Get some very useful information from one of his latest projects on the topic of Chapter 7 bankruptcy information . For more information on the topic, please visit Keith’s site, bankruptcy software
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by
Ed Yourdon
How to File Personal Bankruptcy For Free

Filing for Bankruptcy costs money and even if you do the filing all by yourself you will still need to spend money on documents, papers and other information requirements. If you want to know how to file personal bankruptcy for free then you will just find yourself with no answers. What you can do is to learn the ways to cut cost when you file bankruptcy. To get into that, you must have a basic understanding of bankruptcy. You do not need to become an expert of it but just become familiar with the bankruptcy laws.

Bankruptcy is considered as a privilege by many because it has the capacity to eliminate the debt of a person. The two types of bankruptcy you should be learning should be chapter 7 and chapter 13. These two types of bankruptcy are the most commonly filed by people. There are advantages and disadvantages with each type and learning them can help you make preparations in which type you will be able to file.

Chapter 7 is the straight or liquidation type bankruptcy. This bankruptcy works by liquidating the properties of a debtor. The amount of money that will be produced from the liquidation will be distributed to the creditors. Debts that are unpaid by the completion of the liquidation are categorized as forgiven or eliminated and therefore, cannot be claimed by the creditors anymore. The debtor can keep properties that are called exempt properties. These types of properties are exempted from the liquidation; other properties that are not categorized as exempt are put through liquidation.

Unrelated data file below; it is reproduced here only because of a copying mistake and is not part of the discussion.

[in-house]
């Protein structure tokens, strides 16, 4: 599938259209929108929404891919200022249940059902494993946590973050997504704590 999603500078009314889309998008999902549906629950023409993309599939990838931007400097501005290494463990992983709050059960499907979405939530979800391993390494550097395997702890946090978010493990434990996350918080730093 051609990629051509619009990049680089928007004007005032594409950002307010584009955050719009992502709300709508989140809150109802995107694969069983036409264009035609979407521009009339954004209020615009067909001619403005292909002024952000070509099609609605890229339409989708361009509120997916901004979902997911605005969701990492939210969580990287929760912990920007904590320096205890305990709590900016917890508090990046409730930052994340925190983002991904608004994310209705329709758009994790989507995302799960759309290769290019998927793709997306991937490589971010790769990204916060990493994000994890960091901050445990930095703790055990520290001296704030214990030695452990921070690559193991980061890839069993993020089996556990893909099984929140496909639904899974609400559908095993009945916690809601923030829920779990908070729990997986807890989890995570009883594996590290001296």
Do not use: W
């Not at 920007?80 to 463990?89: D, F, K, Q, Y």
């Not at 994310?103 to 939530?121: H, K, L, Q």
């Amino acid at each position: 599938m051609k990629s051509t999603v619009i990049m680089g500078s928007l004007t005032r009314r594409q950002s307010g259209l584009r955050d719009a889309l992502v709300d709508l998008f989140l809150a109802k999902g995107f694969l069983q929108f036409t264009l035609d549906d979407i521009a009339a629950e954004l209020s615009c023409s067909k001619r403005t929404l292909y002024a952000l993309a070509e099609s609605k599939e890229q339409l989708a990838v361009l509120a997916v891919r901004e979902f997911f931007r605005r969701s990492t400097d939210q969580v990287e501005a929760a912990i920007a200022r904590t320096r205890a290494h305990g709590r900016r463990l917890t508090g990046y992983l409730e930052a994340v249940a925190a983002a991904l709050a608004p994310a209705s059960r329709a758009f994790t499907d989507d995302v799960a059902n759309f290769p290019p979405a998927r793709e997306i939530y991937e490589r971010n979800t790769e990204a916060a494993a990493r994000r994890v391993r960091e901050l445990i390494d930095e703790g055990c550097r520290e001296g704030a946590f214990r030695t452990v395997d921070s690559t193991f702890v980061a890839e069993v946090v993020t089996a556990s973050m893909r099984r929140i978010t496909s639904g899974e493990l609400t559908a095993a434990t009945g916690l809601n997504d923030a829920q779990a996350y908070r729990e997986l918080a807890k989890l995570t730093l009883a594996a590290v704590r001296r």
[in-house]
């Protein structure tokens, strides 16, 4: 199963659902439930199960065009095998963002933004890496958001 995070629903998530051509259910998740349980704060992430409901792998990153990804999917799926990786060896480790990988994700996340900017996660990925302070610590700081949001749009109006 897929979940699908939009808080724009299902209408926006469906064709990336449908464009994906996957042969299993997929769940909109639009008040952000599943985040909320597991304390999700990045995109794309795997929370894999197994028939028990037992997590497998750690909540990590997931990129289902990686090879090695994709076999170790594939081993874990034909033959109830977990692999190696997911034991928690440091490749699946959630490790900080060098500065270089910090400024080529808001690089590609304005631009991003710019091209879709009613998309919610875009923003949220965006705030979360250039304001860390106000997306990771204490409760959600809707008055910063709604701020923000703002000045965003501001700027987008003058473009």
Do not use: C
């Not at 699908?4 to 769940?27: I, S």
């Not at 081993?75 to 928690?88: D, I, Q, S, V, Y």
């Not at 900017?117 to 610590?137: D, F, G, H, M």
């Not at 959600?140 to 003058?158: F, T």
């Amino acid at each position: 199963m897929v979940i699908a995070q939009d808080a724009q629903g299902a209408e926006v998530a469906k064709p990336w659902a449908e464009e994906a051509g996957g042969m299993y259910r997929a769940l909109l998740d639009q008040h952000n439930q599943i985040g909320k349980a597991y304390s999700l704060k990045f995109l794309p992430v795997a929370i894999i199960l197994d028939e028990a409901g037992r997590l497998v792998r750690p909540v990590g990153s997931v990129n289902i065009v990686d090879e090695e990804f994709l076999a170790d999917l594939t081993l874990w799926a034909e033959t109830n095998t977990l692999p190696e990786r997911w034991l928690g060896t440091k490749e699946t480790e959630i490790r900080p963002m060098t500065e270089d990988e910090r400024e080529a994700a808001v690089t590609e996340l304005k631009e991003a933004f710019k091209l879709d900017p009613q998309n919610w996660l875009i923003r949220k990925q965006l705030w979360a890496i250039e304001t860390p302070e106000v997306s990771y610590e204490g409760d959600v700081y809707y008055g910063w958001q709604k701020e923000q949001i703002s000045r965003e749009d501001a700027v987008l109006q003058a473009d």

Chapter 13 is referred to as a reorganization or repayment plan. This type of bankruptcy works to resolve debts by letting the debtor propose a plan to pay the debts he owes from his creditors. The only way he can be eligible for this is to prove that he has an income that exceeds his expense. Currently, most people are encouraged to file this type of bankruptcy because of the new requirement of the new bankruptcy law which is that a person must attend a credit counseling session conducted by credit counseling agencies. These agencies provide the repayment plan for you so indirectly influencing you to file a chapter 13.

If you want to know how to file personal bankruptcy for free or at least at very minimum cost then I can suggest a few ways in which you can achieve this. The first thing you can do to cut cost in filing your bankruptcy is doing it all by yourself. This is hard work and most likely will take you time to get things done. Also, adding to the problem is the risk that you might make a mistake preparing your papers.